The Japan Aerospace Exploration Agency plans to launch a new large-scale test rocket in fiscal 2020 and another the following year.
The rocket, provisionally dubbed H-III, is a successor to JAXA’s H-IIA launch vehicle.
According to JAXA’s plan, reported to a science ministry panel Tuesday, the H-III will basically have two engines in its first stage and have no solid-fuel boosters.
In the first test in fiscal 2020, JAXA plans to launch an H-III with a satellite to be put into a polar orbit at an altitude of several hundred kilometers.
In the second test in fiscal 2021, the agency will add boosters to an H-III rocket to place a satellite into a geostationary orbit some 36,000 km above the equator.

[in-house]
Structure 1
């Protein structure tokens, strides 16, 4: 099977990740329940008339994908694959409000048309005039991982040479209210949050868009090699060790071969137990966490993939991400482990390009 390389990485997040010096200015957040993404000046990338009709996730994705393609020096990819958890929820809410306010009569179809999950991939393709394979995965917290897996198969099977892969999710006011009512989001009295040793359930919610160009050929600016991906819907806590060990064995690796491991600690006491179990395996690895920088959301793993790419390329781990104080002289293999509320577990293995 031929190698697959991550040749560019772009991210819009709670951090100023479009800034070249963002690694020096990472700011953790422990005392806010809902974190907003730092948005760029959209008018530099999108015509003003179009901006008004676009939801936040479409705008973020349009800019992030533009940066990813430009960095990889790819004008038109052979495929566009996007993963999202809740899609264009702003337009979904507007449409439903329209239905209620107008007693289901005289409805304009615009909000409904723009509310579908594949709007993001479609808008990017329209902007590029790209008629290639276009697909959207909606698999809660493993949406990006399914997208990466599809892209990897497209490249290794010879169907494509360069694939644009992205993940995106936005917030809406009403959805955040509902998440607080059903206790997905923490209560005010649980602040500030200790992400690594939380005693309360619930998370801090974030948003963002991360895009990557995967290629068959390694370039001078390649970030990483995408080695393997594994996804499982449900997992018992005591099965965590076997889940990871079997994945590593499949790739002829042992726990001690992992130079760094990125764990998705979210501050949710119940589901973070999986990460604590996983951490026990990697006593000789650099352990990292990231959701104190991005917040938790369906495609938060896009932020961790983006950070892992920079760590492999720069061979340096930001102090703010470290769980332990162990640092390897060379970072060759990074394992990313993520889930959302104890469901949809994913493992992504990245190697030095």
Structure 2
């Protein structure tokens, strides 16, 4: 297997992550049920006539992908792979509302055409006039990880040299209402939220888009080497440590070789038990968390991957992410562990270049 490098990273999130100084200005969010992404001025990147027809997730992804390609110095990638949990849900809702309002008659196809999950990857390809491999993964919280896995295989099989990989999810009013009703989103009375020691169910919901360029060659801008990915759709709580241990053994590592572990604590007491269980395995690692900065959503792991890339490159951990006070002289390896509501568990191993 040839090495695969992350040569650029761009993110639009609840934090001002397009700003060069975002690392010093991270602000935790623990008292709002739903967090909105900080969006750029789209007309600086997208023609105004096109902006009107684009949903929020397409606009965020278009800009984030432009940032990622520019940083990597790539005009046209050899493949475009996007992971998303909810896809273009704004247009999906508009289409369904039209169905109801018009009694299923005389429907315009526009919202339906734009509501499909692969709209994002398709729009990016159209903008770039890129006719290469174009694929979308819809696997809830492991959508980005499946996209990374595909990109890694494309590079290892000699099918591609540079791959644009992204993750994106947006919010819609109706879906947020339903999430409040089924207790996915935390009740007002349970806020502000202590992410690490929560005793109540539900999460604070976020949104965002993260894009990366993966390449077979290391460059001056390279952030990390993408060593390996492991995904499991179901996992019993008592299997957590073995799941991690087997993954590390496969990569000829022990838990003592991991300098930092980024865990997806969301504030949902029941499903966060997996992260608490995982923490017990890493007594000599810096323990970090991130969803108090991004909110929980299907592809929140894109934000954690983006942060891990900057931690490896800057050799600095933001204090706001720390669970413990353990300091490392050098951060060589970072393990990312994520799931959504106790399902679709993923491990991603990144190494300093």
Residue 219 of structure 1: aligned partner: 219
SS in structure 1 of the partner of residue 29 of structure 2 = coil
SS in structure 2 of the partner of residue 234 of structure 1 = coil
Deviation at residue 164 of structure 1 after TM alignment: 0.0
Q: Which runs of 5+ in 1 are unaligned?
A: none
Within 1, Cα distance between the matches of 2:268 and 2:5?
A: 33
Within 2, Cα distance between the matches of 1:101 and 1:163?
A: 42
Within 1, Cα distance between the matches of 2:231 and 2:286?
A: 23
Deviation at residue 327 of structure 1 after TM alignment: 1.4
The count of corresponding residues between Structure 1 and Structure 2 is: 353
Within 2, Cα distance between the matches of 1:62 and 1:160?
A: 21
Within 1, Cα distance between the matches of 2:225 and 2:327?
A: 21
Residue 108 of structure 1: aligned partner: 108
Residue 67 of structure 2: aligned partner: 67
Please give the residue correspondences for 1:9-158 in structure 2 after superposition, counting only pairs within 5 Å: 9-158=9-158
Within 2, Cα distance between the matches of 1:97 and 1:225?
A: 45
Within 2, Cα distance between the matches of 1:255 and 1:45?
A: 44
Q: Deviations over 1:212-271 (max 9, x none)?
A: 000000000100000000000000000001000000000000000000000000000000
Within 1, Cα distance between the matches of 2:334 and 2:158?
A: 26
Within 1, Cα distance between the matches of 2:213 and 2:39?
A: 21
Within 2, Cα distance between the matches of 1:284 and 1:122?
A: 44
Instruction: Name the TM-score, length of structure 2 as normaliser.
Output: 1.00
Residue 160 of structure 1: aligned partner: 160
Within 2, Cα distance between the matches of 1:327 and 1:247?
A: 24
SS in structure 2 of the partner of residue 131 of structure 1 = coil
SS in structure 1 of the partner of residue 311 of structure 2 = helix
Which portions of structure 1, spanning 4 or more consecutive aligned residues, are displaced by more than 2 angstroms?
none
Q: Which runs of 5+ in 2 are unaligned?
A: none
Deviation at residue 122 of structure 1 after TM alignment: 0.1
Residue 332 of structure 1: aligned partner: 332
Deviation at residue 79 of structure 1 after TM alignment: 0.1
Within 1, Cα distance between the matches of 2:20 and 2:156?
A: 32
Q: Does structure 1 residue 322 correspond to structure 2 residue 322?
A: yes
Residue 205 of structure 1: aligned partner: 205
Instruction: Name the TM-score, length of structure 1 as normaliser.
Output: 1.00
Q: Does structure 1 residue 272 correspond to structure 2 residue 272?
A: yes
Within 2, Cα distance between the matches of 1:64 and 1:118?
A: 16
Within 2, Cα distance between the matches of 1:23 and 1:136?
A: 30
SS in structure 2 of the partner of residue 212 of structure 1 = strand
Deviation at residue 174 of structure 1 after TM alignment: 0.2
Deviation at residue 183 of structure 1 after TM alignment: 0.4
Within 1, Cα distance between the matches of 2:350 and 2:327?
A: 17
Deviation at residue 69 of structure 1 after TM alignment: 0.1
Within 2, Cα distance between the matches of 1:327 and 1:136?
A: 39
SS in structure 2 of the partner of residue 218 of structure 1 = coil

Since Mitsubishi Heavy Industries Ltd. has taken over launching the H-IIA and H-IIB rockets from JAXA, the company is expected to be appointed the main manufacturer of the H-III by the end of the current fiscal year to March.
The agency plans to cut manufacturing costs for H-II engines, which burn extremely low-temperature liquid hydrogen and liquid oxygen, by simplifying pipes and pumps to make them more reliable.
It will also develop solid-fuel boosters that can be attached to an H-III in different numbers according to the satellite the rocket carries.
JAXA hopes to halve rocket launch costs from around ¥10 billion for the H-IIA to ¥5 billion to ¥6.5 billion for the H-III.